Restraints with bi-linear stiffnesses maintain a constant stiffness up until a specified loading is achieved, at which point the stiffness changes. These can be used to represent bottomed-outsprings (through the normal range of the spring the stiffness is the spring constant, but once the spring compresses completely, the support essentially becomes a rigid hanger); soil supports (clay normally has constant stiffness until its ultimate load bearing capacity is reached, at which point the clay liquefies and offers virtually no resistance); and plastic hinges (a model where pipe or restraint yields throughout the cross-section). An example of a pipe in a soil trench, along with a graphic representation of the restraint response is shown in Figure 3-105.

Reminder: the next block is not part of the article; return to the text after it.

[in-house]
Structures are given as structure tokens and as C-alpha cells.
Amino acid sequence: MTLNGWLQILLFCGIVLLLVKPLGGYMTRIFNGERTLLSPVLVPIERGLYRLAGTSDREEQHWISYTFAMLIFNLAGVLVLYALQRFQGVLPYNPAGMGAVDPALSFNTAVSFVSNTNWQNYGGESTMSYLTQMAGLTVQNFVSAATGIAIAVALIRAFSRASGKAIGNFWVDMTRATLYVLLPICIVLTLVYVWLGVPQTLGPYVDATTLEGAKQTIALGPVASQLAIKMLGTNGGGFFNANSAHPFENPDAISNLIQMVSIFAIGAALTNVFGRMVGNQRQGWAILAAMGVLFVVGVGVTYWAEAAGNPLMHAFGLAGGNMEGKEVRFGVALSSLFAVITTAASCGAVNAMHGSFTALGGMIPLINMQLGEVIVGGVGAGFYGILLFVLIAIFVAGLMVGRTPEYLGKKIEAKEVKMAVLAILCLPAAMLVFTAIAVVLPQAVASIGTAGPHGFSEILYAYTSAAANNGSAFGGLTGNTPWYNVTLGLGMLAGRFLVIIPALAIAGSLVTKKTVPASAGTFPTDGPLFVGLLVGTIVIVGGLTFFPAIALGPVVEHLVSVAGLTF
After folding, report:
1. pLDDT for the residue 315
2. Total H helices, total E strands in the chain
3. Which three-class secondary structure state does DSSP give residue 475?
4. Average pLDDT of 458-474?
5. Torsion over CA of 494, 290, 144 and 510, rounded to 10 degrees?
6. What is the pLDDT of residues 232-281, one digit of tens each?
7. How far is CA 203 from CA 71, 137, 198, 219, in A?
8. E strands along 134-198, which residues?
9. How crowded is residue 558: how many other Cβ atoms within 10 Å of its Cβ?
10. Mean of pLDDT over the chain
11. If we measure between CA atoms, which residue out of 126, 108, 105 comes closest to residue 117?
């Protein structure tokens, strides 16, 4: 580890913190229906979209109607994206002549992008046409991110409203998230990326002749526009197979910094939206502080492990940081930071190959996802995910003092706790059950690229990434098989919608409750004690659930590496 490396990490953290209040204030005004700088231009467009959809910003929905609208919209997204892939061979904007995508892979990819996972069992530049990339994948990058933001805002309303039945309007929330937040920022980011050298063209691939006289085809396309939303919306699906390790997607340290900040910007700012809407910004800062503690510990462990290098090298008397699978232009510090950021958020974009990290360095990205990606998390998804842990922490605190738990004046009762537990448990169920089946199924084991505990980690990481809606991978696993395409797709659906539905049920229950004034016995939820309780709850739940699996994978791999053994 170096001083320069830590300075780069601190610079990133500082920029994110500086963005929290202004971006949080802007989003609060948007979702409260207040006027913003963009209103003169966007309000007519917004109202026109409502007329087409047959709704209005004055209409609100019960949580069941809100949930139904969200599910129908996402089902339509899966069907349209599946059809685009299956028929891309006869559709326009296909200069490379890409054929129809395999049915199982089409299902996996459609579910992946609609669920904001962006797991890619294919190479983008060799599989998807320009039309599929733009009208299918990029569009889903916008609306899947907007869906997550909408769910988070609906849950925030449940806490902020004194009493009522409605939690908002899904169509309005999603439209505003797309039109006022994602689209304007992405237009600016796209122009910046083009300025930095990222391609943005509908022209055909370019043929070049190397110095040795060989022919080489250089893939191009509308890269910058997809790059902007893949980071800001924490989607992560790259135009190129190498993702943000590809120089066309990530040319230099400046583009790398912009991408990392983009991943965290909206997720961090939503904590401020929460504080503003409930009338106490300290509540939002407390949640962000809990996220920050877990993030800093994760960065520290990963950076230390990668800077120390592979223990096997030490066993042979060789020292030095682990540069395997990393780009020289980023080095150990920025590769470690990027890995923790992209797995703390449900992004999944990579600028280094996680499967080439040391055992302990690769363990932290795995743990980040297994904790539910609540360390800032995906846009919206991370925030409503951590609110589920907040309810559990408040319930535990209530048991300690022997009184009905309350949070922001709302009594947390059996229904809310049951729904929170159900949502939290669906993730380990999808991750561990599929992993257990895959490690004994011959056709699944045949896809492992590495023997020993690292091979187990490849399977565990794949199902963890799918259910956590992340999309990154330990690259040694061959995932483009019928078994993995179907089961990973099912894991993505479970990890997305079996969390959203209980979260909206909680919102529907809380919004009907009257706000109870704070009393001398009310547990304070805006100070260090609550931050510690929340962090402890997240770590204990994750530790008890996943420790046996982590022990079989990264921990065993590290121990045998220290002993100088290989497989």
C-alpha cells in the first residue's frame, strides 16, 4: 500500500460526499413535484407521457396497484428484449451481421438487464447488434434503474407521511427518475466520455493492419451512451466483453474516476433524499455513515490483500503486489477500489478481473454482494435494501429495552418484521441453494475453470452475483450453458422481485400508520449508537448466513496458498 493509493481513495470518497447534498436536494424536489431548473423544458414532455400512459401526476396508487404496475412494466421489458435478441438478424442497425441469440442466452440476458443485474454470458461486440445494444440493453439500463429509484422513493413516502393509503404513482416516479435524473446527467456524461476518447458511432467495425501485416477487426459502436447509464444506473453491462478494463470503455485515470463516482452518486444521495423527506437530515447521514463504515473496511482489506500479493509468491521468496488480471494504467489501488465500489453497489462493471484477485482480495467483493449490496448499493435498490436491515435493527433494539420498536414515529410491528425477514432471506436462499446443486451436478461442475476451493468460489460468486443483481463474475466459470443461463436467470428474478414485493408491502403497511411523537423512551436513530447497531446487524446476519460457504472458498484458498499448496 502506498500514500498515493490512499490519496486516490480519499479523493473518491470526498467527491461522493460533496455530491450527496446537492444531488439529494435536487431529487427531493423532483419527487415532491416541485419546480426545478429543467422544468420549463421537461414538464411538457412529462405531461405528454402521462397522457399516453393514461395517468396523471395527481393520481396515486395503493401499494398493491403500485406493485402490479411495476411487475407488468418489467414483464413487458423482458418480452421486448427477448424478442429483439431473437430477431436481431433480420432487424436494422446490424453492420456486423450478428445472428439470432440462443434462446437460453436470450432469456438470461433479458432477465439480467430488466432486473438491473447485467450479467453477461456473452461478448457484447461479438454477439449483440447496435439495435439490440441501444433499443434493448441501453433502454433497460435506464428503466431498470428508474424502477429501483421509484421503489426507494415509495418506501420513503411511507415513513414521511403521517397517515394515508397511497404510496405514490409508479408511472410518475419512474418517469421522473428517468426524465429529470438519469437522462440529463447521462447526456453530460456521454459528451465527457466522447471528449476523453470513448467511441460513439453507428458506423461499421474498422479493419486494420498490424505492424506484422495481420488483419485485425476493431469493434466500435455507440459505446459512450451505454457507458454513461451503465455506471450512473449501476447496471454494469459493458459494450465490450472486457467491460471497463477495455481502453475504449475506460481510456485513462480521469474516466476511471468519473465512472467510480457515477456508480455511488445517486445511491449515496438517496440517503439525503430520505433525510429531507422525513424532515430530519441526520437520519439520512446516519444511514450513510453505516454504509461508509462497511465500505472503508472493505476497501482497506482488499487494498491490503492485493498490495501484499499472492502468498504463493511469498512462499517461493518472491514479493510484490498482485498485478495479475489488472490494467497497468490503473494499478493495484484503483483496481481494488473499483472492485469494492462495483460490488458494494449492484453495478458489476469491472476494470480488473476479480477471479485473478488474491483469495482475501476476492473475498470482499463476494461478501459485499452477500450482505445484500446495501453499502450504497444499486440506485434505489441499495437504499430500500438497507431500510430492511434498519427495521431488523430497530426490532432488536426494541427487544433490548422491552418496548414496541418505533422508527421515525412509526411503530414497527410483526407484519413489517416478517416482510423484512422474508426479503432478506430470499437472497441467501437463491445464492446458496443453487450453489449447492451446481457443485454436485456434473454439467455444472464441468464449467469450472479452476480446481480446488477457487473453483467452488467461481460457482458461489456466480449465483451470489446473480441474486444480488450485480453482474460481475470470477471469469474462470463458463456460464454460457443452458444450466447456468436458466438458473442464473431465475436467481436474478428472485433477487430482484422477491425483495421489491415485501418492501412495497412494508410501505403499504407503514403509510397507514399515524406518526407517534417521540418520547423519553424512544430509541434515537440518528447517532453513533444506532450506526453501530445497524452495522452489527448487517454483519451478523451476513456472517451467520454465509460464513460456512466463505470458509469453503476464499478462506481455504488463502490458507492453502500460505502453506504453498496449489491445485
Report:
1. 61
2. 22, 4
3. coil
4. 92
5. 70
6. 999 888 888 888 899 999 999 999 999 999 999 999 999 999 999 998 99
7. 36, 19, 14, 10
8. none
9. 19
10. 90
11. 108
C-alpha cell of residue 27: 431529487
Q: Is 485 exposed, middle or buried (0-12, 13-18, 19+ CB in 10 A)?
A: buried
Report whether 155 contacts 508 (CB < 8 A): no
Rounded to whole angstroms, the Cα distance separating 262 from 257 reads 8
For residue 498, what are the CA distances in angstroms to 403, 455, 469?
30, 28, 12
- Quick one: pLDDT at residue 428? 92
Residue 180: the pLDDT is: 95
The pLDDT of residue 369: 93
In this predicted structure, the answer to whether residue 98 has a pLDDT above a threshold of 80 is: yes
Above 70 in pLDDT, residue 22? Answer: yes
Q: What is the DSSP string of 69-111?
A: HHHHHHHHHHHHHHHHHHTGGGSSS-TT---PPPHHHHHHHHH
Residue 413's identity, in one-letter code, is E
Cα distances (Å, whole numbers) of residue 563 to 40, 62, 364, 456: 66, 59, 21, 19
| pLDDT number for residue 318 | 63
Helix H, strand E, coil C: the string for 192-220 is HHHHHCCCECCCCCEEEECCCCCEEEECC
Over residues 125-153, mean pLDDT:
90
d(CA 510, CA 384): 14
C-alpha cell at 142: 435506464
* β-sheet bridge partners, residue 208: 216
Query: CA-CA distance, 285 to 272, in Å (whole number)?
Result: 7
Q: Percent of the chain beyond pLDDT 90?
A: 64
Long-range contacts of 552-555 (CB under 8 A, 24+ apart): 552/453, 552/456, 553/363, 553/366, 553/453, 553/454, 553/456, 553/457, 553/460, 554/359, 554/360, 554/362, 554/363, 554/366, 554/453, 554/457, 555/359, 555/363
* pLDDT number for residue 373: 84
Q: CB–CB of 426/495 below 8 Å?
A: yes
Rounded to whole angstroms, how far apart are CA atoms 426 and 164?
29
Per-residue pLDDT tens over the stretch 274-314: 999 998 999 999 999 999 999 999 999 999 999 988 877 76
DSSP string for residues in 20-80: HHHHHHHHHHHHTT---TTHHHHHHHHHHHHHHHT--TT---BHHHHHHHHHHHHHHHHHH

The iterative technique used for these restraints is explained below. The analysis is first done using a linear restraint with the first stiffness (K^). The restraint load (F) is then checked, if it is less than the transition load (Fy), then the analysis is complete. If not, some modification is done to the model. First, a CNODE is added at the end of the restraint. A displacement equal to Fy/Ki and a force equal to Fy are imposed on the CNODE, with a corresponding -Fy placed on the restrained point. The stiffness of the restraint is then changed to the second input stiffness K2, and the system is reanalyzed. The restraint load is then re-examined, and the process is repeated until the status of all restraints converges.
Bi-linear restraints are entered in CAESAR II through the use of the designation X2, Y2, Z2, RX2, RY2, or RZ2. The user is also required to enter the two stiffnesses, as well as the ultimate, or transition, load. This type of restraint is discussed further in Section 3.6.2.
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